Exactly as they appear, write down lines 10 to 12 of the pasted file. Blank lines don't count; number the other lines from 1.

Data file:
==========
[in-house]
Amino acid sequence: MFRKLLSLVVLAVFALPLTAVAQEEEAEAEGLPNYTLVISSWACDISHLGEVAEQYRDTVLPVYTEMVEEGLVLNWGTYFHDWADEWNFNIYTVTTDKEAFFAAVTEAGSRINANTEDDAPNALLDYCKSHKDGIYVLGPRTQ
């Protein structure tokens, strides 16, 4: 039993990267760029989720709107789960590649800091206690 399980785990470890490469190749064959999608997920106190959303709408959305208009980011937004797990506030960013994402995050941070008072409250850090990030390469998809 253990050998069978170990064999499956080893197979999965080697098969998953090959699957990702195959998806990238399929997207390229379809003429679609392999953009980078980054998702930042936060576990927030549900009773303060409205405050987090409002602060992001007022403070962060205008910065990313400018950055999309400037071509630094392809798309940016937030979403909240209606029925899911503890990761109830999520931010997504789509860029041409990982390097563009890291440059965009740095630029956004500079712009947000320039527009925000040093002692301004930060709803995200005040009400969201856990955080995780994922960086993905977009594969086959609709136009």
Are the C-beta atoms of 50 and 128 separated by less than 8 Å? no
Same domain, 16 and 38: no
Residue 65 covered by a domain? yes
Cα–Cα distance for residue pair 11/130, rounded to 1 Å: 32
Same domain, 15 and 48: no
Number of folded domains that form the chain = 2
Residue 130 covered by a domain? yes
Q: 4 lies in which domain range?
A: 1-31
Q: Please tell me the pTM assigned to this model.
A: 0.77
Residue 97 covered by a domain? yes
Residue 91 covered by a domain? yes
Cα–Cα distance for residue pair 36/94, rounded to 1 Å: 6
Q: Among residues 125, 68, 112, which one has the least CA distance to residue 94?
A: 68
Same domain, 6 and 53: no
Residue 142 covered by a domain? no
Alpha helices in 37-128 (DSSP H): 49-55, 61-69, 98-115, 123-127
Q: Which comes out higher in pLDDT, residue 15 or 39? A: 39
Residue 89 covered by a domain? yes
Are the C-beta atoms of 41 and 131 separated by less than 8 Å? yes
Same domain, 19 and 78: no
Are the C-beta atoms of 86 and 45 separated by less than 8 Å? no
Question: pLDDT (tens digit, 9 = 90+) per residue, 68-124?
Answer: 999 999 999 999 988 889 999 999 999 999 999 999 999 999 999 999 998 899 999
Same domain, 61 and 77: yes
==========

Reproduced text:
Residue 130 covered by a domain? yes
Q: 4 lies in which domain range?
A: 1-31